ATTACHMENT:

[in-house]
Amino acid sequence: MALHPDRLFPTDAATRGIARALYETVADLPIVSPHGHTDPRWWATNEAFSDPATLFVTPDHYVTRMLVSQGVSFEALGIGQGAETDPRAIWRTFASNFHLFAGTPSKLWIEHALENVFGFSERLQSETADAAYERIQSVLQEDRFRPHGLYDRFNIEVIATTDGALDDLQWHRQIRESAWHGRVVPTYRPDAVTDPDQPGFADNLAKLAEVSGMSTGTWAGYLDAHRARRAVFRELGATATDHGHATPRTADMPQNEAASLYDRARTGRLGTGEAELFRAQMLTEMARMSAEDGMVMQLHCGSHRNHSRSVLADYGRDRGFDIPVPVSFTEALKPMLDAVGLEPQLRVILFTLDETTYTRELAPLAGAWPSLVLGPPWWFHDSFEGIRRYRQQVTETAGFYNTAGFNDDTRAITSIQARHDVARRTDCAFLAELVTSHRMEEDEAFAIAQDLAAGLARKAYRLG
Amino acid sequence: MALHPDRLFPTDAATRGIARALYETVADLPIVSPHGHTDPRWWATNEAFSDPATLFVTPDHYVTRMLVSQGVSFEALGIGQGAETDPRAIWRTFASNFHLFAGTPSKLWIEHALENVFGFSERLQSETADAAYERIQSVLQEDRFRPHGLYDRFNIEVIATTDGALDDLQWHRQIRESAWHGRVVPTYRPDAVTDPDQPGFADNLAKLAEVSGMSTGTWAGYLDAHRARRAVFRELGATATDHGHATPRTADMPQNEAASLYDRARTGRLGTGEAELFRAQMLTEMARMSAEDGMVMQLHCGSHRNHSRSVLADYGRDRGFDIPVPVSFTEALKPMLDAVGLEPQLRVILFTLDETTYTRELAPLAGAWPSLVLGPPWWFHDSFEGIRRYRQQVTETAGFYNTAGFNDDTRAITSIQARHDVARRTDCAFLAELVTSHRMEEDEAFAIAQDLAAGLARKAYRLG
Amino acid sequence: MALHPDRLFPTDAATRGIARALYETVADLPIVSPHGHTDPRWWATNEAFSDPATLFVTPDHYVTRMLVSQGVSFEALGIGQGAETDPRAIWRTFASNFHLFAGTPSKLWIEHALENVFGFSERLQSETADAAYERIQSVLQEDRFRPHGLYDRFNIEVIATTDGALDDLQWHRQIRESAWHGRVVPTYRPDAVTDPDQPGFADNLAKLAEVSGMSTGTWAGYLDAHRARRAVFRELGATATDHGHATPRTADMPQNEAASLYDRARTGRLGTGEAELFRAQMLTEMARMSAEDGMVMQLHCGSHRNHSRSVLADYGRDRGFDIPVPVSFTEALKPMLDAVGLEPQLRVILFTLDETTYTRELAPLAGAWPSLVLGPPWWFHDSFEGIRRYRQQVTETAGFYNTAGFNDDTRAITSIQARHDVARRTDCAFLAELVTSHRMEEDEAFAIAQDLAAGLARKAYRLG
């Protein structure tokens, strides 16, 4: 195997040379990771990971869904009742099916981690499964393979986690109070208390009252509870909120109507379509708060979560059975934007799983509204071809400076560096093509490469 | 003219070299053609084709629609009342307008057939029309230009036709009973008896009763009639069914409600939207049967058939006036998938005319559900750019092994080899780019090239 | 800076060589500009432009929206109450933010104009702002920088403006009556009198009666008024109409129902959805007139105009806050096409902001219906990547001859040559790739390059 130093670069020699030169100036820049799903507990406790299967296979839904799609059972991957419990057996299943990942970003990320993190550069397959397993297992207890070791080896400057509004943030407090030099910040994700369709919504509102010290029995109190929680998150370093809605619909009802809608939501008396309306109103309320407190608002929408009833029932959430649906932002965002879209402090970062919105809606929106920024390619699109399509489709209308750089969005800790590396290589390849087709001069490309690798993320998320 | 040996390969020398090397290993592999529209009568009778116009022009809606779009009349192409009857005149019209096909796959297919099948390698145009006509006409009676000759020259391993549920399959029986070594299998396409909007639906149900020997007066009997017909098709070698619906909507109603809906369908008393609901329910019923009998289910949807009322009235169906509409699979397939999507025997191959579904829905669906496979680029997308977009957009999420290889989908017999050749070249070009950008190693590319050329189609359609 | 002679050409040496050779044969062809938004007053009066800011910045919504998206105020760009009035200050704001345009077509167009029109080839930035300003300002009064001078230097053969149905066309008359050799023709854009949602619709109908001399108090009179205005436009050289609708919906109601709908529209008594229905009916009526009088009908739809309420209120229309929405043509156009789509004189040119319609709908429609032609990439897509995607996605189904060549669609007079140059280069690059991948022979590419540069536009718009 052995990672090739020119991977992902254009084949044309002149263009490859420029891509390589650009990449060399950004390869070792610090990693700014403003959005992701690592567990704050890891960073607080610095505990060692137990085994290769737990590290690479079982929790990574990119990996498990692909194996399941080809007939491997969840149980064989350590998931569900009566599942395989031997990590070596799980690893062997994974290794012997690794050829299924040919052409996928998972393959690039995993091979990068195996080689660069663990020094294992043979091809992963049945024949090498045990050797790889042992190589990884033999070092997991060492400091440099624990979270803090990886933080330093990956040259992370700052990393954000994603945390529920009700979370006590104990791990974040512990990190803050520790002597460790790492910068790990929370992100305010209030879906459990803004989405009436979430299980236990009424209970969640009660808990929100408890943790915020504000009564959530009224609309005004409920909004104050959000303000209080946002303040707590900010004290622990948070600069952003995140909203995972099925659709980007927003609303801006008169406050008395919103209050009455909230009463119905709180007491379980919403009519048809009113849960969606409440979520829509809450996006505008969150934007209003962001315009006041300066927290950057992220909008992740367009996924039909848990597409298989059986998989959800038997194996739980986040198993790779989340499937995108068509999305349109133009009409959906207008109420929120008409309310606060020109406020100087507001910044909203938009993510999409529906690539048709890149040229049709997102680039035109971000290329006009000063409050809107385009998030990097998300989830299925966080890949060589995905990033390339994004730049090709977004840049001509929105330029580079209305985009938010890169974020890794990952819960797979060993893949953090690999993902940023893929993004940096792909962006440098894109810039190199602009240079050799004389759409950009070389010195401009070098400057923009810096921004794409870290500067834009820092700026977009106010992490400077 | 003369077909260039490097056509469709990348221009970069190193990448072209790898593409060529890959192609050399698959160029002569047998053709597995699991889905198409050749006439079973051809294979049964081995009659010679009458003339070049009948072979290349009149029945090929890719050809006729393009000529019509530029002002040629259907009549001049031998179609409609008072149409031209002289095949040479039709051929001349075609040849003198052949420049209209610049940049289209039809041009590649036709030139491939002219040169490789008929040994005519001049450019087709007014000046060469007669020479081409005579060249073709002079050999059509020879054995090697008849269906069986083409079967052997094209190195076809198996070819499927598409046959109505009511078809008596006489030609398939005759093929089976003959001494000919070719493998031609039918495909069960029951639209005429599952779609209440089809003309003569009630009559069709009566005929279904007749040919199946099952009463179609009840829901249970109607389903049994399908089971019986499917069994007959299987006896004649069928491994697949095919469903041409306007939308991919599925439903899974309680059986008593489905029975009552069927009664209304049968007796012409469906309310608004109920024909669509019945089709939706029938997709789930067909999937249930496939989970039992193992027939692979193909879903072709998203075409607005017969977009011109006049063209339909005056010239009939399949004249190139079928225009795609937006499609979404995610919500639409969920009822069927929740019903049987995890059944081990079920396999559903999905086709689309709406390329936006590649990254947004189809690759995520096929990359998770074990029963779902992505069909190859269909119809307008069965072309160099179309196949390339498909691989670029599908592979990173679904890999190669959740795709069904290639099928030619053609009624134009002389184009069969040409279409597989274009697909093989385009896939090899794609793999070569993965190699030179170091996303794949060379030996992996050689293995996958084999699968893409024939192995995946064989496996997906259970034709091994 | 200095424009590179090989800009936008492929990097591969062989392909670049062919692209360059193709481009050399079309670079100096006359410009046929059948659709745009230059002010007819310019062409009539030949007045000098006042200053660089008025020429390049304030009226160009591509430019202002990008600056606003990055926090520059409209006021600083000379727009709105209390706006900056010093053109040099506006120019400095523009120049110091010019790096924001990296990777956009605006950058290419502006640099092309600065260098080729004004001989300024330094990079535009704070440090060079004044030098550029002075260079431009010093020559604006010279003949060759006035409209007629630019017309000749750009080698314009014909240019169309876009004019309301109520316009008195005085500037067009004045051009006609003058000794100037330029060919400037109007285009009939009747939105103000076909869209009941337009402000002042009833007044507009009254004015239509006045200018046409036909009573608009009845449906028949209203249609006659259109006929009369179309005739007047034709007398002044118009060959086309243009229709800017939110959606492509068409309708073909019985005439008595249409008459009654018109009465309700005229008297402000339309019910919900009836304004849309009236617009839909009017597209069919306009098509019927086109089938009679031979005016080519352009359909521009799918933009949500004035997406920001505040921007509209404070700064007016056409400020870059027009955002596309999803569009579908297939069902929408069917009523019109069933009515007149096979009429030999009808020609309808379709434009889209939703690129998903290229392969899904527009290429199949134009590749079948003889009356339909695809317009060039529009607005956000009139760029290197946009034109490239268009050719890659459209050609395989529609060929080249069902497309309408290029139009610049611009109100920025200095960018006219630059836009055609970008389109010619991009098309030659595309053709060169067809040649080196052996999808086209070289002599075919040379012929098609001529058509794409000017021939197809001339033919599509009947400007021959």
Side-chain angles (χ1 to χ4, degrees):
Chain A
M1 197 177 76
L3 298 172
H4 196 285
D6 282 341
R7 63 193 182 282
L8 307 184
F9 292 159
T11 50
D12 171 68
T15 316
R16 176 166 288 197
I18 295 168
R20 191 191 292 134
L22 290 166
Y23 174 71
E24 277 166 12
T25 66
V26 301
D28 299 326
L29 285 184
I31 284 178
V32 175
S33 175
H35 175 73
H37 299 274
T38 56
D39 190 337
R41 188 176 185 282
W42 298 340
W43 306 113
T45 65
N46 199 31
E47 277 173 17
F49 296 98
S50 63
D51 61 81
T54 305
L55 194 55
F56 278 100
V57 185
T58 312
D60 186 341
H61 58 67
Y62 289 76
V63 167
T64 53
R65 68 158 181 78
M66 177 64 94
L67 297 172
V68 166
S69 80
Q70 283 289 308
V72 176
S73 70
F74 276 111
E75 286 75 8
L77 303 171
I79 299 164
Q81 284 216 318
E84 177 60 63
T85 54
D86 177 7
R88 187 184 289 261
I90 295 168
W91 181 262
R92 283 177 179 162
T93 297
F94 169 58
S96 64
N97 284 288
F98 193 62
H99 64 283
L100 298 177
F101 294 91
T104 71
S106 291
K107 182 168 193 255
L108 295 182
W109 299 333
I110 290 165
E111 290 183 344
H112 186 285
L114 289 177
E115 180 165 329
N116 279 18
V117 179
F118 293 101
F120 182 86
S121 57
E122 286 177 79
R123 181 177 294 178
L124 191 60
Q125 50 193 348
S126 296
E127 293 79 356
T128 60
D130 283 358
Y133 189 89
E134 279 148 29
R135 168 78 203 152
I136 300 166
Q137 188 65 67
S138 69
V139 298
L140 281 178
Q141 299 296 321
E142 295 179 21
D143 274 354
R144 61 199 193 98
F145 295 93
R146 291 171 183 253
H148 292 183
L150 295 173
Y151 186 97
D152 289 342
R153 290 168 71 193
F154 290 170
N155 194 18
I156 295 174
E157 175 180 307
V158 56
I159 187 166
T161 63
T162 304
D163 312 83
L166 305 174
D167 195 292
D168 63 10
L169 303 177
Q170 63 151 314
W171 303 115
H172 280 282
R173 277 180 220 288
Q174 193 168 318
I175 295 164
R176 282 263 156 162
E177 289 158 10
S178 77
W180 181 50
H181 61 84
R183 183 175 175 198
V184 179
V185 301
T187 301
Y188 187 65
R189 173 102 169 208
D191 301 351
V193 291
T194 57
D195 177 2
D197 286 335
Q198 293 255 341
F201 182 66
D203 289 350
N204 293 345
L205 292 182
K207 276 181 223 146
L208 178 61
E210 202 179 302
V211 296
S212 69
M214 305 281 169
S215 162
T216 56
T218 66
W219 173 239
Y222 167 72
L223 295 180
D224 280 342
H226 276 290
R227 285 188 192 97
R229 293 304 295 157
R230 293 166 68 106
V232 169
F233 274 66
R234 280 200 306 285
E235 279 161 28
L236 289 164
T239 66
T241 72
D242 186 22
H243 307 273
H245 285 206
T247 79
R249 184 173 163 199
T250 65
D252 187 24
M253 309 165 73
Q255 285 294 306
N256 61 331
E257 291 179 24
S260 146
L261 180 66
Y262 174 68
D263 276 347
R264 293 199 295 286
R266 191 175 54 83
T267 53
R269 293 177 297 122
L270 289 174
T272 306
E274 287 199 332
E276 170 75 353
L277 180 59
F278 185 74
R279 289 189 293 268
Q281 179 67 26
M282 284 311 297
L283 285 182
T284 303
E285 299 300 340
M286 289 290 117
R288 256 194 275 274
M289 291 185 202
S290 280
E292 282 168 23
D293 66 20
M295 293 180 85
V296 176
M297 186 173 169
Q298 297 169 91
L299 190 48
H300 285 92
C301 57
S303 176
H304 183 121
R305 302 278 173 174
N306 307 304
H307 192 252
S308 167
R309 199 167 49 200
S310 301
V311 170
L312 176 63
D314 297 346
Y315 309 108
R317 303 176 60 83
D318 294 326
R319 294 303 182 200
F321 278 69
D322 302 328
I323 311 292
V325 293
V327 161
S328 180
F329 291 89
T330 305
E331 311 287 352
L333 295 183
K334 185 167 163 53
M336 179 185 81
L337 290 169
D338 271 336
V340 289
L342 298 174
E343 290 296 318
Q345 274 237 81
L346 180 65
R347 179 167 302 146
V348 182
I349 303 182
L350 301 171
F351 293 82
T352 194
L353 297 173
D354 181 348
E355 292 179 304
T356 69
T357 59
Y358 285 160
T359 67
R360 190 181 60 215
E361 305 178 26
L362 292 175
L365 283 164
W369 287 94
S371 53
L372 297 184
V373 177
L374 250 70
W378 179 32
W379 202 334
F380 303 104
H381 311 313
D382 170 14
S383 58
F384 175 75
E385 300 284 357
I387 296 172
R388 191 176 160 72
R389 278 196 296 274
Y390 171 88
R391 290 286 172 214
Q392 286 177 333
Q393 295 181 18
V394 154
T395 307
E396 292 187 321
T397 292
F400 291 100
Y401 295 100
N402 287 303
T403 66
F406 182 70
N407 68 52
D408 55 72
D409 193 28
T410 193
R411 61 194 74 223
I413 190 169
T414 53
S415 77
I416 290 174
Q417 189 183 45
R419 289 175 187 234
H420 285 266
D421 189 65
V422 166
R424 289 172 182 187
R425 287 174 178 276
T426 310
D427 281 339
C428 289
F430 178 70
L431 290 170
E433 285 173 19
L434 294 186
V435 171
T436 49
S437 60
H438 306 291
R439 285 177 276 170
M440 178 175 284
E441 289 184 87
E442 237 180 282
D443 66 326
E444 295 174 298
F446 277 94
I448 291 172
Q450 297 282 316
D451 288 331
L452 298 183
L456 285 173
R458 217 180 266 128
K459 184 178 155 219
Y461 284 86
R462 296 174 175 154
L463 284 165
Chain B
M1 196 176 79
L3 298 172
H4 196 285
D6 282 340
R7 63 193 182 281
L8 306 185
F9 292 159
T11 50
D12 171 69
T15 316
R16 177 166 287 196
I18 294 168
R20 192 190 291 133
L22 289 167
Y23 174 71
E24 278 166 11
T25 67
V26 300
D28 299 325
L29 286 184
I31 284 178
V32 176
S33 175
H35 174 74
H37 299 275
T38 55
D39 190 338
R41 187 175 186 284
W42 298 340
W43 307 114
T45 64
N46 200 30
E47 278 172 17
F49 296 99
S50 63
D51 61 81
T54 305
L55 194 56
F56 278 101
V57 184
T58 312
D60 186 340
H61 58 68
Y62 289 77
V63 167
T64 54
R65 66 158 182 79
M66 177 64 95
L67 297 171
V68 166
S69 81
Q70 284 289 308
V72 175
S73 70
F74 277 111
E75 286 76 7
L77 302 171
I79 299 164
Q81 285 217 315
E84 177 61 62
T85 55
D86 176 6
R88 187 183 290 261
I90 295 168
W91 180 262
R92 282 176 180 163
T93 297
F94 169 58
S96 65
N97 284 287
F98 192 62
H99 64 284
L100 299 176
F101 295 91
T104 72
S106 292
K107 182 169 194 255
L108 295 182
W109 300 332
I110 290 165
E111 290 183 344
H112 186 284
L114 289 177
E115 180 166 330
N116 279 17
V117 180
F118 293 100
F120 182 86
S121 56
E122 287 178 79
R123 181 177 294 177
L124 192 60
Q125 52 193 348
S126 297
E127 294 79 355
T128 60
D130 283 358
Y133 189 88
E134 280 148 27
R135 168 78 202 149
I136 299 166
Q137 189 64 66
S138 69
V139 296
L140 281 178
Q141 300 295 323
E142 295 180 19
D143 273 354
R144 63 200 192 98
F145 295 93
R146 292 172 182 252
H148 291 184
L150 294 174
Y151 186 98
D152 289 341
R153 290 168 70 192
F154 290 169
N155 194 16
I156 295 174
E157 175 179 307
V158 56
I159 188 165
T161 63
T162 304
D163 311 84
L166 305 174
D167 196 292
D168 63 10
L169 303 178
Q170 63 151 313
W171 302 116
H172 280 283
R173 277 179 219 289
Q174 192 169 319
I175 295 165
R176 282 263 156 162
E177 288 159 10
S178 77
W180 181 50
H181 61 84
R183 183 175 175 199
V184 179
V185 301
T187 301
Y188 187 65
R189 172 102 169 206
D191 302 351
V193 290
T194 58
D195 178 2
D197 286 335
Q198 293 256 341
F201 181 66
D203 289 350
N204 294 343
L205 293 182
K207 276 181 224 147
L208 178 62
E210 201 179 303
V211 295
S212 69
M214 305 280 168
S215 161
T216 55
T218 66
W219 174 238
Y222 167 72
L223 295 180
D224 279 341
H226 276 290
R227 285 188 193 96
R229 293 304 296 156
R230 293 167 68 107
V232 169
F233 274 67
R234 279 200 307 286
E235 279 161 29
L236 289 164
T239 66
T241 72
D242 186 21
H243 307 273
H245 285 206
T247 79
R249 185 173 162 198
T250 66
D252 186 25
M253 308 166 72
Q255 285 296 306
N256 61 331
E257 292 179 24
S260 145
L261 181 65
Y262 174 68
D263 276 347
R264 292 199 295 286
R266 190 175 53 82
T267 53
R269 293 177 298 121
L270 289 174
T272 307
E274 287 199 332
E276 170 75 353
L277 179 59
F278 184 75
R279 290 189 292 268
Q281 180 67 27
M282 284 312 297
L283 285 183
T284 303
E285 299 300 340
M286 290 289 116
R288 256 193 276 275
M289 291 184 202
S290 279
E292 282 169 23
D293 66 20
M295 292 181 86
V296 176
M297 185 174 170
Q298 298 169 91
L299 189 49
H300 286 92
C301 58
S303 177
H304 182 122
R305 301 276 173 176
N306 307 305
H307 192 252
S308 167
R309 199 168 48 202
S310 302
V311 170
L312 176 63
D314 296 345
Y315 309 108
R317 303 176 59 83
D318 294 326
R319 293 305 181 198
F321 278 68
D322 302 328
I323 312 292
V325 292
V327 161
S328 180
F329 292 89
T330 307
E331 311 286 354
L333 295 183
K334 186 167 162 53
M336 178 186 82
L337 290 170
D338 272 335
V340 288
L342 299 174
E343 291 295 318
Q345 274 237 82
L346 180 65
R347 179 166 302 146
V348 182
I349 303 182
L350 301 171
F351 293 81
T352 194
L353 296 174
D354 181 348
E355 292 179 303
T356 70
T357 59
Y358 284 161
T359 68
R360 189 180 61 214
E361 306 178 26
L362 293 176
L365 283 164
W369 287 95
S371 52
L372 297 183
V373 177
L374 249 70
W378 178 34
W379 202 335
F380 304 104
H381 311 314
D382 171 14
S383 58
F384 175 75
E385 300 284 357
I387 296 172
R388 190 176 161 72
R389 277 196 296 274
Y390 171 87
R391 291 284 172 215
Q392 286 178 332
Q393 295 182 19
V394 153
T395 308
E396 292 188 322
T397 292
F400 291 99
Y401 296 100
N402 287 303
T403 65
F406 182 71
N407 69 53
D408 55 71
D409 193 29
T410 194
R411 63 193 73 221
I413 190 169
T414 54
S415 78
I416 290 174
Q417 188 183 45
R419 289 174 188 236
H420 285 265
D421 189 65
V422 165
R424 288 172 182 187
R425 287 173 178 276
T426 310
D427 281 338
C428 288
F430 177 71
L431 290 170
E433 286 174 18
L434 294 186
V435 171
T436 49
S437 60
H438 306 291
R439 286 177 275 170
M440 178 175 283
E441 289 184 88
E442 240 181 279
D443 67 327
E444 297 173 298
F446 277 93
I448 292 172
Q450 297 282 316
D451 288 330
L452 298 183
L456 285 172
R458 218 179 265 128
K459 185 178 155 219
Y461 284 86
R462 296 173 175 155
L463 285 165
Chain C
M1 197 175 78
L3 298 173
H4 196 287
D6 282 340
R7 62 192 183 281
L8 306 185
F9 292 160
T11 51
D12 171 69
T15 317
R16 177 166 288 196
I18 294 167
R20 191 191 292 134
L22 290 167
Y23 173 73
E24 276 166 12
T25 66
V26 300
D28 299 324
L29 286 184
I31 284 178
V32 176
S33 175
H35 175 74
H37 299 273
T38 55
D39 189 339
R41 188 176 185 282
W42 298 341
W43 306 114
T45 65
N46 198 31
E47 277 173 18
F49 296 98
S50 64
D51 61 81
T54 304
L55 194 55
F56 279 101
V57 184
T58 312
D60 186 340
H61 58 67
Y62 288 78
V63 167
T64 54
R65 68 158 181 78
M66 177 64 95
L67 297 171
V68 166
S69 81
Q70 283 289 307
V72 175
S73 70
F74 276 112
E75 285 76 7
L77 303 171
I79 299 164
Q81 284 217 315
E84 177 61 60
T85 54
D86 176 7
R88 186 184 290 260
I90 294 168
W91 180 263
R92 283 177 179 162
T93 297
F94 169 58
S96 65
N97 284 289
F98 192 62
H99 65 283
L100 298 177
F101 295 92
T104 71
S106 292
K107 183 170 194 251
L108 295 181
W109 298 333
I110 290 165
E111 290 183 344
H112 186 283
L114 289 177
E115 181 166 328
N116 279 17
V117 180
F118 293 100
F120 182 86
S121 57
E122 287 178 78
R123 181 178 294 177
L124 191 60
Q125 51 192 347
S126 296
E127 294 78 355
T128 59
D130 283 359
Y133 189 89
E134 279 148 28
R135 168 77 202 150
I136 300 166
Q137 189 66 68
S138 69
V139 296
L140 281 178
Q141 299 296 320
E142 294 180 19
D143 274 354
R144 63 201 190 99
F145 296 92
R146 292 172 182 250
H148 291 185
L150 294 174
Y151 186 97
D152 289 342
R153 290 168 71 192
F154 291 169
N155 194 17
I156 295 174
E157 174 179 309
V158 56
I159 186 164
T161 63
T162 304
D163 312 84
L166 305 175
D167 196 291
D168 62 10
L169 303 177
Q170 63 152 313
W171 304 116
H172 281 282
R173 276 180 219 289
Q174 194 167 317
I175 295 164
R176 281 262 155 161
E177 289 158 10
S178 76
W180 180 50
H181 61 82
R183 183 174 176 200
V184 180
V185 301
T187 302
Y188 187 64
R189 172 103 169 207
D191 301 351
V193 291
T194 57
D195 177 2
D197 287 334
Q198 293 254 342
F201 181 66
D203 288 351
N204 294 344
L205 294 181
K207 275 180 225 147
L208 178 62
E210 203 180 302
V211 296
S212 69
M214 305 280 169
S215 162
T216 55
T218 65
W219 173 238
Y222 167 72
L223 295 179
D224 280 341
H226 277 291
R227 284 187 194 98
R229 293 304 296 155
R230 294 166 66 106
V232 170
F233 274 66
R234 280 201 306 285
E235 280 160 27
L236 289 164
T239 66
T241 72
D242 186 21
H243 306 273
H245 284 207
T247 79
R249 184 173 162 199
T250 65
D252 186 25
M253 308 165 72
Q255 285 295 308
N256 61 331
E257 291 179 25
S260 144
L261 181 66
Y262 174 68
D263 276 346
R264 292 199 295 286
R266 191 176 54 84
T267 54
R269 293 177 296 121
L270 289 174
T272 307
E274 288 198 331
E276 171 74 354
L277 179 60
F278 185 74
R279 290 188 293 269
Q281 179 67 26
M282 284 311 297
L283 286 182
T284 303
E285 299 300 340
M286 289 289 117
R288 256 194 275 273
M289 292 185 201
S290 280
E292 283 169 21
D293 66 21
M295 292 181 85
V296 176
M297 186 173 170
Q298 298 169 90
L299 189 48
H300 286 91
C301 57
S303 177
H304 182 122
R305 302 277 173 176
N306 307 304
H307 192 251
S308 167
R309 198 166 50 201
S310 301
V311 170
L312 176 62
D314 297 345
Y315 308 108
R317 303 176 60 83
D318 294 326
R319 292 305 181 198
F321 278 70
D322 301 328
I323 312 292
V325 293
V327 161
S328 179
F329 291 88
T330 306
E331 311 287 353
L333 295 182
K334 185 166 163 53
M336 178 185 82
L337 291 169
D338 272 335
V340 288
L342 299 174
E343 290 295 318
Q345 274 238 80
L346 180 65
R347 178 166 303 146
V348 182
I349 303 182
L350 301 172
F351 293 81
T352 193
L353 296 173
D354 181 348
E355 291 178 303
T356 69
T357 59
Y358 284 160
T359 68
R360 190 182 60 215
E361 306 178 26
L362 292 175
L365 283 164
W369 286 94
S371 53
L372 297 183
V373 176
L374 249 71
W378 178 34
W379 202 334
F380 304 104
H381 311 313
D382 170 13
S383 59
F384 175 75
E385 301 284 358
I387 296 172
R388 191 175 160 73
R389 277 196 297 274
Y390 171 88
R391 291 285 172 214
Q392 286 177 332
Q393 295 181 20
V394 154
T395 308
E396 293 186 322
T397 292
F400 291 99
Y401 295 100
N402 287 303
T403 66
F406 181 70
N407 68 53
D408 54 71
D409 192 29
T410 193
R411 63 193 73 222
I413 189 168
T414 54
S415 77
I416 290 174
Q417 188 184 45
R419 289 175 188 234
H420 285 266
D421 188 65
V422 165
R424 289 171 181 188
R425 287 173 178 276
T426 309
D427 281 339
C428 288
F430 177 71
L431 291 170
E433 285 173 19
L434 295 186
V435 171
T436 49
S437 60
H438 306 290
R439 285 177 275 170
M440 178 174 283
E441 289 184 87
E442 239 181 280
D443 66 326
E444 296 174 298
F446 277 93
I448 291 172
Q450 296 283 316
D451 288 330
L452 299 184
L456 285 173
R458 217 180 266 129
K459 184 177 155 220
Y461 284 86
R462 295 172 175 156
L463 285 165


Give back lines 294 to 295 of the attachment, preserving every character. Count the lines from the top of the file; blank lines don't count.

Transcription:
F384 175 75
E385 300 284 357